In more than half of Vermont’s cities and towns Tuesday’s Town Meeting Day ballots will be counted by hand. The state has the technology to change that, but many towns are not making the switch. Calais Town Clerk Donna Fitch is getting ready for Town Meeting Day, when ballots will be counted the same way they were when she was a little girl–by hand. “It’s nice to have all of us sit around and count the ballots and everybody takes it very seriously, but it does mean we are often up late,” she said. Fitch will work with a team of ten to count the votes in the town of 16-hundred. It’s the same way 142 of Vermont’s 246 cities and towns will tally their totals.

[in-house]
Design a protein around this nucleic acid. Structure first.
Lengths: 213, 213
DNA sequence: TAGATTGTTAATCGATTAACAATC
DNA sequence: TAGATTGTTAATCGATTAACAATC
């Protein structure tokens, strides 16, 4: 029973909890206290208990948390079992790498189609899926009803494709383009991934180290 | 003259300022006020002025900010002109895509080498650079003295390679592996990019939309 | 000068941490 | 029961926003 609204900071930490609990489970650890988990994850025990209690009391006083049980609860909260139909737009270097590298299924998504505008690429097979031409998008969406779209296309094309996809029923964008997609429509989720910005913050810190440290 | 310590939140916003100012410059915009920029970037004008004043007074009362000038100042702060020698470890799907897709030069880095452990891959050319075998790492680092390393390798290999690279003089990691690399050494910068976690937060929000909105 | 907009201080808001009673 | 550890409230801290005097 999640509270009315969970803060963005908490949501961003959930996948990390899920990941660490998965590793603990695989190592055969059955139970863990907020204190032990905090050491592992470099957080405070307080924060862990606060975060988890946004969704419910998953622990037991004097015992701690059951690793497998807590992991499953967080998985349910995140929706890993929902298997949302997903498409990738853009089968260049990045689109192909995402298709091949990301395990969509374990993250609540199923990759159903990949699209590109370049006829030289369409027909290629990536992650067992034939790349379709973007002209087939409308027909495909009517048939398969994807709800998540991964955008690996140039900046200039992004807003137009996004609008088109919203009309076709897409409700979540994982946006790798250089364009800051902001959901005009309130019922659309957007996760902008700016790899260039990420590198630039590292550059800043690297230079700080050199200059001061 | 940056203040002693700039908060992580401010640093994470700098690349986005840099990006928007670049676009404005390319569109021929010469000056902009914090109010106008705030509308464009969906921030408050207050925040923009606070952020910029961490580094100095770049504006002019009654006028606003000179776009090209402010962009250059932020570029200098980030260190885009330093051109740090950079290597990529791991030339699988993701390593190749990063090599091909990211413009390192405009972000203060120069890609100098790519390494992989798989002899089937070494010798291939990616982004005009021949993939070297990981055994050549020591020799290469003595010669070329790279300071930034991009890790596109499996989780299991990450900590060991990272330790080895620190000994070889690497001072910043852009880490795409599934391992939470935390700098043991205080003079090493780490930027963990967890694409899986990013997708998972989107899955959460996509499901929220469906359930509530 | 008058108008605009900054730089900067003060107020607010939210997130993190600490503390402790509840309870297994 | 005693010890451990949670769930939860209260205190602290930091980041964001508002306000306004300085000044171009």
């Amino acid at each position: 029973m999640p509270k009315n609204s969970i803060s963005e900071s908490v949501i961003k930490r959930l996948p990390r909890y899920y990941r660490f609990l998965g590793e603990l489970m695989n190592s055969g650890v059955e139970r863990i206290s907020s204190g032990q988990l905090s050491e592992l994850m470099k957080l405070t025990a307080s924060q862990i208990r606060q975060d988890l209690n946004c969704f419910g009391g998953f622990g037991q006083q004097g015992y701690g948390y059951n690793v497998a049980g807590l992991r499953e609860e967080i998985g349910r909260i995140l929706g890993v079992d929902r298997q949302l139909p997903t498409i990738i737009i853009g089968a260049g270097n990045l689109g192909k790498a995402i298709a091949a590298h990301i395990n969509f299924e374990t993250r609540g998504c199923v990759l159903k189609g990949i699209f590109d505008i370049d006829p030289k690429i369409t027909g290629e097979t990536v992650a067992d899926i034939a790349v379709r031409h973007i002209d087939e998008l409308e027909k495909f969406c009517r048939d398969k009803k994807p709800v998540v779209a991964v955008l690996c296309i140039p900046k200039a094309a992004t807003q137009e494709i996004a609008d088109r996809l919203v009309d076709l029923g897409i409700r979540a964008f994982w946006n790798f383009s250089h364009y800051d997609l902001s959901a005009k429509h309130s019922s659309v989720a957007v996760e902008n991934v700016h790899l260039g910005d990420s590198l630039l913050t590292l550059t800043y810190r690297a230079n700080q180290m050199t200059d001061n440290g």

Calais considered a plan to switch to counting ballots electronically following the drawn out and hotly contested 2000 presidential election, but it did not gain traction. “When we have those meetings it was around the time of those hanging chads, people were very apprehensive about going to any kind of machinery,” Fitch said.
Vermont Secretary of State Jim Condos is hoping the use of electronic tabulators will spread and has roughly 14-million dollars in federal money to cover the tab for communities that want to get on board. Condos says the machine can cut down the final count from hours to just minutes and calls the technology, that’s been around for years, “very accurate.”